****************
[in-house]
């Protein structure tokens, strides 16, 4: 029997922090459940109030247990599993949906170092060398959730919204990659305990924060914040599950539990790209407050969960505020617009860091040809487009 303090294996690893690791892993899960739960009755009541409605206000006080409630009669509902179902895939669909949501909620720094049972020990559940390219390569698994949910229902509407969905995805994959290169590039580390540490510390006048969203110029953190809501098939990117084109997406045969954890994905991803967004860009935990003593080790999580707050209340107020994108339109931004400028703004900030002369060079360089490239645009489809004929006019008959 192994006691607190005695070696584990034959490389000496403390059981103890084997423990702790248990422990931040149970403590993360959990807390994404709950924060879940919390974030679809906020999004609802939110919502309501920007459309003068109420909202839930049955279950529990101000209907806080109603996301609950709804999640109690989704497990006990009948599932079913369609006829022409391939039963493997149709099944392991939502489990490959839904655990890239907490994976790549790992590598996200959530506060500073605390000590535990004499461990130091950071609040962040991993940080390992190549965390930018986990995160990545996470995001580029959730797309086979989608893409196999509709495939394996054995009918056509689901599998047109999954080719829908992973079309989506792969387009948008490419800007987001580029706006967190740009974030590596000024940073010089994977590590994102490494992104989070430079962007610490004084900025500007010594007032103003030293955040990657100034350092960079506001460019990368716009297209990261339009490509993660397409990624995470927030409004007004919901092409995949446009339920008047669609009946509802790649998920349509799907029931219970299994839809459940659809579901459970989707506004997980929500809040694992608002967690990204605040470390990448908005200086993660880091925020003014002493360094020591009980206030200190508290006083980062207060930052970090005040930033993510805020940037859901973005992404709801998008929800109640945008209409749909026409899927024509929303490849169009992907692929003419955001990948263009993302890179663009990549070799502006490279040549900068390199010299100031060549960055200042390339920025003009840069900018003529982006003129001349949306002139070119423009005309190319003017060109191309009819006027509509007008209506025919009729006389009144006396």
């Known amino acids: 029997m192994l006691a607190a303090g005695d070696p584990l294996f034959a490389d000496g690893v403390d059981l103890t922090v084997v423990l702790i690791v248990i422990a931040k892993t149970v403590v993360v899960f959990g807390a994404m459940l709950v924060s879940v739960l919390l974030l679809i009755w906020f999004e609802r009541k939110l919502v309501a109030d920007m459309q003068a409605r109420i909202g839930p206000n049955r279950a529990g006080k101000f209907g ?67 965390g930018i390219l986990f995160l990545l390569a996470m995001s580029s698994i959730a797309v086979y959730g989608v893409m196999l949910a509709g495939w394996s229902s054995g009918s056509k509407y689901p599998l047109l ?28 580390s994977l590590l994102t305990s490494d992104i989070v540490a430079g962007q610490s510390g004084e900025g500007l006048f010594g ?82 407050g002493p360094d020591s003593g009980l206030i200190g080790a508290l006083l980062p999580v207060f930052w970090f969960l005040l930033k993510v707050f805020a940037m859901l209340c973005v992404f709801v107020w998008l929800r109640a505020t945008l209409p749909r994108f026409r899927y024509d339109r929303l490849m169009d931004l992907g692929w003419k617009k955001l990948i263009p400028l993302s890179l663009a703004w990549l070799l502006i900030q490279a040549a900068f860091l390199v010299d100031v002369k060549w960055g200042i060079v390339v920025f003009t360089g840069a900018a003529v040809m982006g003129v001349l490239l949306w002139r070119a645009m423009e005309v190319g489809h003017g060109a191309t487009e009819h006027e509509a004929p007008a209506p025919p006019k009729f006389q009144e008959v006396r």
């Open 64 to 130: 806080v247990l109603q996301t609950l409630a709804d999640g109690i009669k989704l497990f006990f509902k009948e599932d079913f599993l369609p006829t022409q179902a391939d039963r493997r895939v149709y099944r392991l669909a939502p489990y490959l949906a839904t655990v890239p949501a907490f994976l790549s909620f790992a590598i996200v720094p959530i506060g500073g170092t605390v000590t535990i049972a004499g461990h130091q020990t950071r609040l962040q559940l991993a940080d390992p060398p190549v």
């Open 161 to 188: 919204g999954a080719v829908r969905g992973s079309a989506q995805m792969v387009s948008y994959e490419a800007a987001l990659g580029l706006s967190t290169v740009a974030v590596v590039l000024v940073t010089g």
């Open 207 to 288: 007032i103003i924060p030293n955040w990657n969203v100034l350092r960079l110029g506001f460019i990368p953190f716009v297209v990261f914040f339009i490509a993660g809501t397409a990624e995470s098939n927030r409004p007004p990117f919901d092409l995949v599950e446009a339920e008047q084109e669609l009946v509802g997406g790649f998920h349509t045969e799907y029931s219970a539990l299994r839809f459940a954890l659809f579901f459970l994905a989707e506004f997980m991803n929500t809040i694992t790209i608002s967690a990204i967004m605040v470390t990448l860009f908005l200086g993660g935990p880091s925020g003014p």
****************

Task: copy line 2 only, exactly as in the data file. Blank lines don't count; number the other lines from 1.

């Protein structure tokens, strides 16, 4: 029997922090459940109030247990599993949906170092060398959730919204990659305990924060914040599950539990790209407050969960505020617009860091040809487009 303090294996690893690791892993899960739960009755009541409605206000006080409630009669509902179902895939669909949501909620720094049972020990559940390219390569698994949910229902509407969905995805994959290169590039580390540490510390006048969203110029953190809501098939990117084109997406045969954890994905991803967004860009935990003593080790999580707050209340107020994108339109931004400028703004900030002369060079360089490239645009489809004929006019008959 192994006691607190005695070696584990034959490389000496403390059981103890084997423990702790248990422990931040149970403590993360959990807390994404709950924060879940919390974030679809906020999004609802939110919502309501920007459309003068109420909202839930049955279950529990101000209907806080109603996301609950709804999640109690989704497990006990009948599932079913369609006829022409391939039963493997149709099944392991939502489990490959839904655990890239907490994976790549790992590598996200959530506060500073605390000590535990004499461990130091950071609040962040991993940080390992190549965390930018986990995160990545996470995001580029959730797309086979989608893409196999509709495939394996054995009918056509689901599998047109999954080719829908992973079309989506792969387009948008490419800007987001580029706006967190740009974030590596000024940073010089994977590590994102490494992104989070430079962007610490004084900025500007010594007032103003030293955040990657100034350092960079506001460019990368716009297209990261339009490509993660397409990624995470927030409004007004919901092409995949446009339920008047669609009946509802790649998920349509799907029931219970299994839809459940659809579901459970989707506004997980929500809040694992608002967690990204605040470390990448908005200086993660880091925020003014002493360094020591009980206030200190508290006083980062207060930052970090005040930033993510805020940037859901973005992404709801998008929800109640945008209409749909026409899927024509929303490849169009992907692929003419955001990948263009993302890179663009990549070799502006490279040549900068390199010299100031060549960055200042390339920025003009840069900018003529982006003129001349949306002139070119423009005309190319003017060109191309009819006027509509007008209506025919009729006389009144006396």